Penn State Football: Why are we still listening to Jay Paterno?

Former Penn State Football quarterbacks coach Jay Paterno (Photo by Ronald Martinez/Getty Images)
Former Penn State Football quarterbacks coach Jay Paterno (Photo by Ronald Martinez/Getty Images) /

Last week Penn State’s Board of Trustees approved a $48.3 million project that will upgrade and expand the Lasch Building, the home of Penn State Football 

College athletics is big business, and has become one giant arms race to see who can have the nicest locker room, the most up to date weight room, or everyone’s favorite players lounge, where the kids can play video games or ping pong in the team’s facility.

With recruiting being the lifeblood of any college football program, anything that can give you a leg up on the competition, or in Penn State Football’s case right now, keep up with the competition, must be done.

Penn State Football, along with the rest of the Big Ten has an Ohio State problem at the moment. Fresh off an appearance in the National Title game, all be it, a blowout loss to Alabama, the Buckeyes just pieced together their second consecutive top five recruiting class, while their 2022 class currently sits at no. 1 and on track to break composite ranking records.

There is no hiding from Ohio State, they will loom over every season of Penn State Football as they share the Big Ten East. The only way to catch up and stay at that level is to spend money.

However, for some reason, former Penn State Football assistant, and son of legendary head coach Joe Paterno, Jay Paterno hasn’t gotten that memo.

But the question really is, why does he get a say? And why does anyone care for his input in the first place?

At this point, your are probably wondering (or at least should be) why am I even wasting words on Jay Paterno?

Paterno voted no to the proposed upgrades and expansion to Penn State Football’s Lasch Building, he was one of six trustees to vote no. The final count was 27-6 in favor of the project.

"“My former boss used to say, ‘Football is here to serve the university, not the other way around,'” Jay Paterno told the board, referencing his late father Joe Paterno. “Football is a part of life, not life itself.”"

He is right in that football is not, and should not, be life itself.

However, as his “former boss” Joe Paterno used to also say, Penn State Football pays for a lot of field hockey sticks and balls.

There is no clearer indicator of this than while this country was in the midst of  a pandemic, facing real questions of whether or not we would have a college football season in 2020, we pondered what a season with no football would do financially to the school and other non revenue generating sports, not to mention the economic impact on the lost gate and television revenue on the University at large.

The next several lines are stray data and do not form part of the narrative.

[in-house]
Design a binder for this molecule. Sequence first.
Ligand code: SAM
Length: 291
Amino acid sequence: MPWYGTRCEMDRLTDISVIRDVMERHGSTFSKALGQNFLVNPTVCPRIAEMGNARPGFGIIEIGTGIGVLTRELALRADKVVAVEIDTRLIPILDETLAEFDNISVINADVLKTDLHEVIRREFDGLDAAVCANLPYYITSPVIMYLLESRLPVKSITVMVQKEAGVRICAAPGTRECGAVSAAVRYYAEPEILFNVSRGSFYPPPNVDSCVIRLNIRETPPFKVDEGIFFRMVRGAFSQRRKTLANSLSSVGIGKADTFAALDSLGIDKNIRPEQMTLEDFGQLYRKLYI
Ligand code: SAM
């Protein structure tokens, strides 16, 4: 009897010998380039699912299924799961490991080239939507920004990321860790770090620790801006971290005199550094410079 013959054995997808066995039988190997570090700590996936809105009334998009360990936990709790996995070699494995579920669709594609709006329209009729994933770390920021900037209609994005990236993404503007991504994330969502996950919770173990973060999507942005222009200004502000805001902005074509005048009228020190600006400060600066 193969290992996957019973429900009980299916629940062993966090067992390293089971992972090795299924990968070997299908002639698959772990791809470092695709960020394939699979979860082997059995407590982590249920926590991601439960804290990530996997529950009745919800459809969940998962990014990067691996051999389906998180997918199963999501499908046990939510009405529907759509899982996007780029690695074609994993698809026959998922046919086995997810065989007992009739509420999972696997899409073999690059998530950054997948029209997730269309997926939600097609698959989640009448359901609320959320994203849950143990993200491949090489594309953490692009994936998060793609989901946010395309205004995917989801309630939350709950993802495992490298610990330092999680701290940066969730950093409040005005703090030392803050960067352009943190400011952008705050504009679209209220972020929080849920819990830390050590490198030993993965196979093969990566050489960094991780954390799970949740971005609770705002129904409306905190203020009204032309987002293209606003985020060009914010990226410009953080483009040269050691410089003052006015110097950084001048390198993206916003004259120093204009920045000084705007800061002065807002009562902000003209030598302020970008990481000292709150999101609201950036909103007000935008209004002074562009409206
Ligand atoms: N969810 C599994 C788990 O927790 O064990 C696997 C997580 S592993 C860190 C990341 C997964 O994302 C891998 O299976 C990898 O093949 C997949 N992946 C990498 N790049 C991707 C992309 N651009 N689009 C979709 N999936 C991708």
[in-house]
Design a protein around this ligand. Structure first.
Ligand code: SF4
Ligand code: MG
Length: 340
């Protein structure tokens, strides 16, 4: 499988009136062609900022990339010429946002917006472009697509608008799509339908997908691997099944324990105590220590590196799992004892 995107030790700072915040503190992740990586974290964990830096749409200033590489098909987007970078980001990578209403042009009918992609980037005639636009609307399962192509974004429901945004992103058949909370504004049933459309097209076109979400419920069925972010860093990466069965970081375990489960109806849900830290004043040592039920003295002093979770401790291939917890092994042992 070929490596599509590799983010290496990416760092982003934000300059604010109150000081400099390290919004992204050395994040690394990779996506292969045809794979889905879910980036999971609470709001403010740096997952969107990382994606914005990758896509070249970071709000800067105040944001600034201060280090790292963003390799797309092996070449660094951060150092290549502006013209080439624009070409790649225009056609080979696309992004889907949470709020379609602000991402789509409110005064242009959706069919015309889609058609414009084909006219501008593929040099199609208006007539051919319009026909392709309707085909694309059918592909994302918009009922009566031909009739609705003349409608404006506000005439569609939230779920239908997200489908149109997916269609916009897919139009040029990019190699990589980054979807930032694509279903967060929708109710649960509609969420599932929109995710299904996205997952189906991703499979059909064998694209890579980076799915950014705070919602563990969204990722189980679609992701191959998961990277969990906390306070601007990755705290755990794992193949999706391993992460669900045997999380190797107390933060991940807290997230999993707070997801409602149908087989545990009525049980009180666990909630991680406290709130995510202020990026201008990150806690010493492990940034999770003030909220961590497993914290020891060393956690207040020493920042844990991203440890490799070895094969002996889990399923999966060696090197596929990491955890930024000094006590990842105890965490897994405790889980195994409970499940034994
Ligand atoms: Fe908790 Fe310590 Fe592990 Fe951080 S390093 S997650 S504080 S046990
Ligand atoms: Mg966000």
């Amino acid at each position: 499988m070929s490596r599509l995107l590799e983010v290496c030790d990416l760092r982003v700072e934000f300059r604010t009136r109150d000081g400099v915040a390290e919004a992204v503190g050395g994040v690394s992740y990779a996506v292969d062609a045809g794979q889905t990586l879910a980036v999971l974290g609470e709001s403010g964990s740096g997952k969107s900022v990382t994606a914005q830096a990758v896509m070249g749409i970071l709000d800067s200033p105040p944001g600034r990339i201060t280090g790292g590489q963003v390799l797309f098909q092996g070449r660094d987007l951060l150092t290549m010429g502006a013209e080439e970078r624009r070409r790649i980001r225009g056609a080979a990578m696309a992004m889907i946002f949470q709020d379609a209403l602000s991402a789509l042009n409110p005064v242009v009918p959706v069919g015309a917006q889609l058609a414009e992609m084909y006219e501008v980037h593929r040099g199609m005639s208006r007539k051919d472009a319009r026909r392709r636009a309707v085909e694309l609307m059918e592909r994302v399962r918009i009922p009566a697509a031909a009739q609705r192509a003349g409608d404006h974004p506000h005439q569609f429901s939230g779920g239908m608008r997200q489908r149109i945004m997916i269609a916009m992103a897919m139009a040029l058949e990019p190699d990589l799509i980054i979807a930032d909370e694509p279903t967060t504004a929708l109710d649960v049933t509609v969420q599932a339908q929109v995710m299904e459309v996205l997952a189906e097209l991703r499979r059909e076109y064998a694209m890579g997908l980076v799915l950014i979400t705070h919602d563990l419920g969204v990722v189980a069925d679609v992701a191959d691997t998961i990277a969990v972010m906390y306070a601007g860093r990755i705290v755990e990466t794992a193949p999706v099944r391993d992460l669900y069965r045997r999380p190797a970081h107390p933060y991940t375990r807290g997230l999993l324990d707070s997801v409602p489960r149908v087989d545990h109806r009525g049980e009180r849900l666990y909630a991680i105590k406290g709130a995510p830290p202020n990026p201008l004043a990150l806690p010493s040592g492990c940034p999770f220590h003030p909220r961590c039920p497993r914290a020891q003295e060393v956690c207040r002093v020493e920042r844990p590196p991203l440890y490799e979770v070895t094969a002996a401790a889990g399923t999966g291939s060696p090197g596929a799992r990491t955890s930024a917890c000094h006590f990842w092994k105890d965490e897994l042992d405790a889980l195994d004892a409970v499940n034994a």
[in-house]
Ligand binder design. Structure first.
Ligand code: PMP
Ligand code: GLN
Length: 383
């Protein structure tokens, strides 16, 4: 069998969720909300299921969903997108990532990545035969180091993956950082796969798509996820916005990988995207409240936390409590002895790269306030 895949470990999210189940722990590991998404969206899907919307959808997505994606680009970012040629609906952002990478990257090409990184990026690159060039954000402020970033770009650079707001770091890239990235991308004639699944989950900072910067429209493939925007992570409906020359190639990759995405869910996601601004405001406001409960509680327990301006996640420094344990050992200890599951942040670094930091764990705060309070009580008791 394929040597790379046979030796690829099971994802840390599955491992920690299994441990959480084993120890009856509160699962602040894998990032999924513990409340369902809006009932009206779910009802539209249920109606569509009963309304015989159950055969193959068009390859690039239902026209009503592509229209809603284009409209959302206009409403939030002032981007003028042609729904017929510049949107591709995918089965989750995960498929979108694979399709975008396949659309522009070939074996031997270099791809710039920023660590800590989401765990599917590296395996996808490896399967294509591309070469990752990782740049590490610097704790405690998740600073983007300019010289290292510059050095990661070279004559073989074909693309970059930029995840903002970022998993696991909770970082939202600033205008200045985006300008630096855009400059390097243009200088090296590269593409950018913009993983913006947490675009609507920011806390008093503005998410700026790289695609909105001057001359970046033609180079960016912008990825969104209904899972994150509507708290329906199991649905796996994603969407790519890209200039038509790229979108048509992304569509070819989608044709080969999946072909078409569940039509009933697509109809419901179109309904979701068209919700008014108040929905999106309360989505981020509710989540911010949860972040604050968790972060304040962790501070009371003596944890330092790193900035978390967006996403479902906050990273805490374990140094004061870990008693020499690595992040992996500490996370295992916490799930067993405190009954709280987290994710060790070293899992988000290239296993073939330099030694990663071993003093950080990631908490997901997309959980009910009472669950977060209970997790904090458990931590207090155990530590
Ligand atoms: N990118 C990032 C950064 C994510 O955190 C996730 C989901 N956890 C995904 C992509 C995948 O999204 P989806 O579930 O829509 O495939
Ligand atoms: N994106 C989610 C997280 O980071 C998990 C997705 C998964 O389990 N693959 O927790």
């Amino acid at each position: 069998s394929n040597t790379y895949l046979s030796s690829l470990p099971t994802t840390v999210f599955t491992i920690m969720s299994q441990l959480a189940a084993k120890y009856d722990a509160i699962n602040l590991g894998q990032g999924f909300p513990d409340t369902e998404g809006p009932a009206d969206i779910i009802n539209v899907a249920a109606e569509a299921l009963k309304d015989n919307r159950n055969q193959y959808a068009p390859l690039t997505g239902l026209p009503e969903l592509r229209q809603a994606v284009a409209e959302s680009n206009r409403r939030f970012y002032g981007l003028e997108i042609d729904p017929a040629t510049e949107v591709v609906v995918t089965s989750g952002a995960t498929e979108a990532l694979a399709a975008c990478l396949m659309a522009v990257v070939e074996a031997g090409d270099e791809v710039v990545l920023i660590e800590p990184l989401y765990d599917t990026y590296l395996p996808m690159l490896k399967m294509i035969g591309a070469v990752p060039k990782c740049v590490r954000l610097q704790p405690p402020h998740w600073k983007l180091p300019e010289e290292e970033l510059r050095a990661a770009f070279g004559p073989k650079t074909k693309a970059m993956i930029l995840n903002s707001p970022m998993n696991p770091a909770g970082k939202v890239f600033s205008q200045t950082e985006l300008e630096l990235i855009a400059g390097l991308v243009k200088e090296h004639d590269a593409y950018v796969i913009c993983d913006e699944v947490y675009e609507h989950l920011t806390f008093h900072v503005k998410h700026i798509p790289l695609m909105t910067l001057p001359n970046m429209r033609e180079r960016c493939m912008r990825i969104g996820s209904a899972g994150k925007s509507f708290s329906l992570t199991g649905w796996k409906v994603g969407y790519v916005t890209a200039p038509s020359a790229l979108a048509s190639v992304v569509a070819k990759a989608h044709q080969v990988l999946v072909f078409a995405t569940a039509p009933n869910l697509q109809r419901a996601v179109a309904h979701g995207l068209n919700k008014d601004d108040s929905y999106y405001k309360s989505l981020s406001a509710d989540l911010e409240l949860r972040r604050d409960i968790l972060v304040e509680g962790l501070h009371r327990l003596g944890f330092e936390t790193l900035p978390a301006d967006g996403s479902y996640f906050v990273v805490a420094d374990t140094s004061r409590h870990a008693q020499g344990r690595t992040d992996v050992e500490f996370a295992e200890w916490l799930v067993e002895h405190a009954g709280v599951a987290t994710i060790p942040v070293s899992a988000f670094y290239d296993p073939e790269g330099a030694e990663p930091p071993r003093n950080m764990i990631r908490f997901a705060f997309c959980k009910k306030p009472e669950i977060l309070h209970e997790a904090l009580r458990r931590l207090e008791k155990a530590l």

We saw at major universities like Stanford, that were forced to cut all Olympic sports, including wrestling and weightlifting. Had the PAC 12 not reversed course and decided to play a season, who knows what other sports would have been at risk.

Beyond funding non-revenue generating sports, the financial benefit of a major college football program’s success is the marketing value in attracting prospective students, a stage to showcase the University, and an incentive for students to apply to be part of the atmosphere. The television contracts for Power-5 football also figure substantially into major universities, such as Penn State’s, general fund and endowment.

Brandon Short, a former All-American linebacker for Penn State Football, also believes the school should be investing even more in the football program. Even quoting Jay Paterno’s “former boss”.

"“Joe use to say you either get better or you get worse, you don’t stay the same,” Short said. “… Our competitors are making massive investments in their football programs. If we do not match or exceed these investments, we will be left behind. We need to invest in this project and much more if we want to be competitive.”"

To Short’s point, a 247report from February showed Penn State Football was ninth in the nation in money spent on recruiting. Ironically enough, Ohio State is not featured in the top 10, however a quick glance at the schools at the top of the list, shows there is no coincidence in the connection between spending and winning.

College Football has changed, and it is now about keeping up with the Joneses, and as the program enters what head coach James Franklin calls a ‘critical’ offseason, the fans, recruits, staff and players deserve to know that the school is behind this program, making sure 4-5, and an 0-5 start is not to be accepted.

Paterno is stuck in the 1980’s, when his “former boss” had the program winning national championships, however it is probably time he gets with the times or gets out.

He has been a beacon of the cult like behavior Penn State is widely negatively associated with, defending a past, and a man, who won a lot of football games but may have done so at a major cost.

If it not for his former boss being his father, would we even know or care who Jay Paterno is?

Probably not.

Penn State Football now has a figurehead in James Franklin leading the program into a new future, out of it’s darkest days and into the light.

The New Year’s Six Bowl victories are nice, but look to his leadership when a fan sent safety Jonathan Sutherland hate mail due to his dreadlocks, his leadership this summer when the country was going through a monumental cultural movement.

Franklin is the antithesis of what the Paterno name now stands for to many outside Happy Valley, like it or not.

So Jay, please, for the sake of keeping what dignity is left, sit this one out.

Next. Photos: PSU plans major upgrade to football facilities. dark